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  • Benjamin Leppier

The blame hunters clan - are you thirsty for blood?

Dianne and Ted are having problems in their marriage Dianne wrote to me:

"Throughout my childhood, my parents said incredibly hurtful things to each other and argued incessantly. At times when they were at their lowest they said hurtful things to me too. Ted knows this, I told him once and yet he can be a complete prat, he can't seem to stop being a constant source of never ending feedback about what I am doing wrong. Its insufferable to live with, what's wrong with him? Why does he always do this to me? When things are going OK, just round the corner he starts complaining and telling me all the things I am doing wrong in the relationship, how can I stop him and give myself some space?"


In this dialogue, Dianne and Ted are hurting each other in the same way, she is blaming him for her pain and suffering and he is blaming her for his pain and suffering. SO who is to blame here? Well the answer cannot be found in the detail of what has been written above because that would only be Diannes perspective and according to her she is innocent, she doesn't mention anything about what part she is playing. Conversely, Ted is not stating what he is doing wrong and any mistakes he is making either, the reason is, they are both convinced the other is at fault and responsible for all of this pain and suffering. Who is responsible? They are BOTH responsible.


When we do this we are desperately trying to make sense of our worlds and in fact hoping that in some way if we find the right person to blame, then everything will work out happy again, or the person being blamed will stop doing what they are doing and then we can be happy again. But this childlike logic is based on two errors that the thing I am trying to change is the ONLY thing that is making me feel unhappy and before they started doing this, I was perfectly happy. Error 1: Is the only thing. Error 2: I was perfectly happy.


I have used the term inside out, as a helpful way to describe that the world we SEE is uniformly an accurate description of the world we FEEL inside. Literally to the tiniest detail, how we show up in life and the experiences we have are a direct reflection of who we are and how we feel about who we are on the inside. Blame is universal and if anything is going wrong its perceived to all be 'out there' aka blame.


  • The film I watched last night made me have bad dreams (Films fault)

  • The bus was late, so I was late for work (Buses fault)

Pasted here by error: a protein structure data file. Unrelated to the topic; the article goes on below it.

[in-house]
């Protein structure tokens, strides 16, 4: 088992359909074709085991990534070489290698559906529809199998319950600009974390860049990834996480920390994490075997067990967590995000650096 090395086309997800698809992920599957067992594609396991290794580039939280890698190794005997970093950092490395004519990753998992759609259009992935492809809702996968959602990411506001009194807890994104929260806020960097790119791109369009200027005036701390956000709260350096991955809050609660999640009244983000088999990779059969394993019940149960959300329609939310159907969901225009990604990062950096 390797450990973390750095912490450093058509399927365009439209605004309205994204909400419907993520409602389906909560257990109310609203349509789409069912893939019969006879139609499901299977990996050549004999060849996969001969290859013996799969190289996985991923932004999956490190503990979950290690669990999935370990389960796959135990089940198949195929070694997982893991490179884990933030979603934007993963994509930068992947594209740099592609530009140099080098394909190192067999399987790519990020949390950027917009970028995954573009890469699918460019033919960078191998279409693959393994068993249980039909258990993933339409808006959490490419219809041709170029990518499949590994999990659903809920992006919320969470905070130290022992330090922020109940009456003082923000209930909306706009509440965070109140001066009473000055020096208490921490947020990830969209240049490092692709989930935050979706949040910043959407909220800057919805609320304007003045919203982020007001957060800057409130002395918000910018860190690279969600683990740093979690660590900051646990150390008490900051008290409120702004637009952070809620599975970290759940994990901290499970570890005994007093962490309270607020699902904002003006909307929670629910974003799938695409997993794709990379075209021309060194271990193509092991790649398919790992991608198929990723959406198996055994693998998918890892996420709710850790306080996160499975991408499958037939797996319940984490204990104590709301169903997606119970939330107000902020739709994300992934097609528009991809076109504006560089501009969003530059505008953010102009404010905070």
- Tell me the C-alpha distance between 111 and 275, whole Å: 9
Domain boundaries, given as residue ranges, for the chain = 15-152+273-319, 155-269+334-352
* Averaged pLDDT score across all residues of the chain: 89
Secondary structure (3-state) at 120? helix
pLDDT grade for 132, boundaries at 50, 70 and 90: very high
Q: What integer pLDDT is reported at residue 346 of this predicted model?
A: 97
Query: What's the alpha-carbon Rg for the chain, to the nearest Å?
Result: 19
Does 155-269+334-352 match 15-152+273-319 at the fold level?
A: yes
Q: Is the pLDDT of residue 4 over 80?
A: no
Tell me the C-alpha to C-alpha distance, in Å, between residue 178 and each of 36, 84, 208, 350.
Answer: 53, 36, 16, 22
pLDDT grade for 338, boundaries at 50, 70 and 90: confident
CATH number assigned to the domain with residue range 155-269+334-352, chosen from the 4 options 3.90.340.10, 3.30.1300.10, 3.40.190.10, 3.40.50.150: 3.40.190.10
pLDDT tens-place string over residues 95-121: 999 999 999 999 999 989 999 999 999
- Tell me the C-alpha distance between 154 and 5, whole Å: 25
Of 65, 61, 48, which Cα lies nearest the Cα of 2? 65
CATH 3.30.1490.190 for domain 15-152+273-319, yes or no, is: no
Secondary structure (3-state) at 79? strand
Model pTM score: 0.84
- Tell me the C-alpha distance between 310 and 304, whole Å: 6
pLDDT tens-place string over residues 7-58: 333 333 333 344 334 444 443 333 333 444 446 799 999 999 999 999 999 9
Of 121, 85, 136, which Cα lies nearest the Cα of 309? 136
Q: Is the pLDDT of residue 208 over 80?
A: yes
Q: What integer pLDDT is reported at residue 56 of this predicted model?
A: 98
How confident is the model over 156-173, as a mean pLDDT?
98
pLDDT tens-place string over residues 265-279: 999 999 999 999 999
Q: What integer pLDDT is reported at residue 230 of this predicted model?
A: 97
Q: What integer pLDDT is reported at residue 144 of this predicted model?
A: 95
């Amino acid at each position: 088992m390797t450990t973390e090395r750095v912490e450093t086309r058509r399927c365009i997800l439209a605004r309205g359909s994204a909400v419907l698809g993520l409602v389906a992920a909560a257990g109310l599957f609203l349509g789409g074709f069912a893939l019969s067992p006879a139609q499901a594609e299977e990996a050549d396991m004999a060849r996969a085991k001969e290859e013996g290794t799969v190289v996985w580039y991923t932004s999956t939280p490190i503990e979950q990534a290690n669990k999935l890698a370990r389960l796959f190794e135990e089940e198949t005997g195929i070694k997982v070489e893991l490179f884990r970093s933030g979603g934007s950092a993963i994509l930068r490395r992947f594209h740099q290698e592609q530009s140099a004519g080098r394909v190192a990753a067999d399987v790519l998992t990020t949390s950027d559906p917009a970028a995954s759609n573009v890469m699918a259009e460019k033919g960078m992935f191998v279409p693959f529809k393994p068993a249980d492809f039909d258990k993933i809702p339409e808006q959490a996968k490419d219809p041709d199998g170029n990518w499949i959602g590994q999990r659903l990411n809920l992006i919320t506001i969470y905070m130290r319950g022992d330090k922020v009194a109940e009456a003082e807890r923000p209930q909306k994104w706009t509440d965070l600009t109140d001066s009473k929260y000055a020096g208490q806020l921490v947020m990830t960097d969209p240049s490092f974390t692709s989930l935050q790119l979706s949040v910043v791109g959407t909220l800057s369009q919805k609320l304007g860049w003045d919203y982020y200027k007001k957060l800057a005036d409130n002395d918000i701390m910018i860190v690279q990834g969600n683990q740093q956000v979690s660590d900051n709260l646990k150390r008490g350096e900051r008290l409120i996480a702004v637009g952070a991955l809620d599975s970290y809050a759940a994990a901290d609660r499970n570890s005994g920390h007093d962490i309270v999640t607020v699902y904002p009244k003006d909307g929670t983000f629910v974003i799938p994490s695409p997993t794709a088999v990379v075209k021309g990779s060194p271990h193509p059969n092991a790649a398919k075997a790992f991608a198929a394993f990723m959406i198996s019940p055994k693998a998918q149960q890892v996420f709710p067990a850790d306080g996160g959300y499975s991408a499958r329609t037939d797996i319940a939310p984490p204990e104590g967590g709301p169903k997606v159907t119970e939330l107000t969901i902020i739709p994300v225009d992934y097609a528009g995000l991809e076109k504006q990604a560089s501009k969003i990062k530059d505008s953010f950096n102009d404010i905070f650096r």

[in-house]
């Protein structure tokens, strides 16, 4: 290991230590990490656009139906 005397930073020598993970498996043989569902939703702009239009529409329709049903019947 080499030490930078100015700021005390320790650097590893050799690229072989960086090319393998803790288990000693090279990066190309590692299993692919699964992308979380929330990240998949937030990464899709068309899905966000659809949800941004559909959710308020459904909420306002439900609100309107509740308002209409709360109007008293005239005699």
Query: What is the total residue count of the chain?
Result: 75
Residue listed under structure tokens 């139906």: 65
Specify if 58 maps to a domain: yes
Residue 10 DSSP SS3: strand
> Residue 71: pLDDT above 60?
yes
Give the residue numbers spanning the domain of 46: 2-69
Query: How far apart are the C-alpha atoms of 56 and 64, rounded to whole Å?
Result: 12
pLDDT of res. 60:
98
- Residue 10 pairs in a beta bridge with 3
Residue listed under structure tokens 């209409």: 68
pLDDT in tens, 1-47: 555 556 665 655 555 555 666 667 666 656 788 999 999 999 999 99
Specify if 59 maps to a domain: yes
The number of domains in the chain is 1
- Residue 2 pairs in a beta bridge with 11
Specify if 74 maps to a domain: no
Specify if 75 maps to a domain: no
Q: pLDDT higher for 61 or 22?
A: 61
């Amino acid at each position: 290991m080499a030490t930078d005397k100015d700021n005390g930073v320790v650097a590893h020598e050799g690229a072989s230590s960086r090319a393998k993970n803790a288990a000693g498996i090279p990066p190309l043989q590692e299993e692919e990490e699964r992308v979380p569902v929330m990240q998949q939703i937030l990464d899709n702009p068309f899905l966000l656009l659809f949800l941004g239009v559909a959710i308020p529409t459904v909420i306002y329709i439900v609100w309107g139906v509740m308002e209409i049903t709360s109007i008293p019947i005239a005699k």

• My husband text me and said he is no longer willing to buy a dog (Husbands fault)

  • The meal I cooked all come out wrong, nobody liked it (My fault)

  • I found out my best friend has been saying things about me behind my back (Best friends fault)

I must agree this is a pretty crappy day, but lets look at all of these events and see if we can take some responsibility, rather than blamity


  • I chose poorly regarding the movie I watched last night and I had bad dreams

  • I didn't get up early enough to get the early bus, so I was late

  • I haven't really been listening to how my husband feels about the dog and I got attached to an outcome

  • I rushed the meal and didn't ask for any help, I didn't ask if anyone liked it, I just assumed

  • Some of the things my best friend said about me are true and that hurts, I can't make her choices for her, they are hers to make

So can you see that although person number 1 experienced the same events, that person number 2 is so much more empowered to change her life than person number 1? Person number 2 can wake up tomorrow and make adjustments to the choices SHE is making, yet person number 1, is destined to be tossed around by life and other people's choices again tomorrow. How blame really hurts us therefore, is that we literally recreate the same mistakes over and over and are constantly exposed to the consequences of those choices, plus it can be harmful to others when we blame them for how we feel.

Top tips

  1. Quit looking for the perpetrator - asks yourself what have I done to create this situation.

  2. Give anyone related to events the opportunity to give you honest feedback, it might sting, but when we know the facts we can make better choices.

  3. Take a vow to check yourself every time you comment on or apportion blame to an event or a person - just check in with yourself.

Picture by: Rodolpho Zanardo

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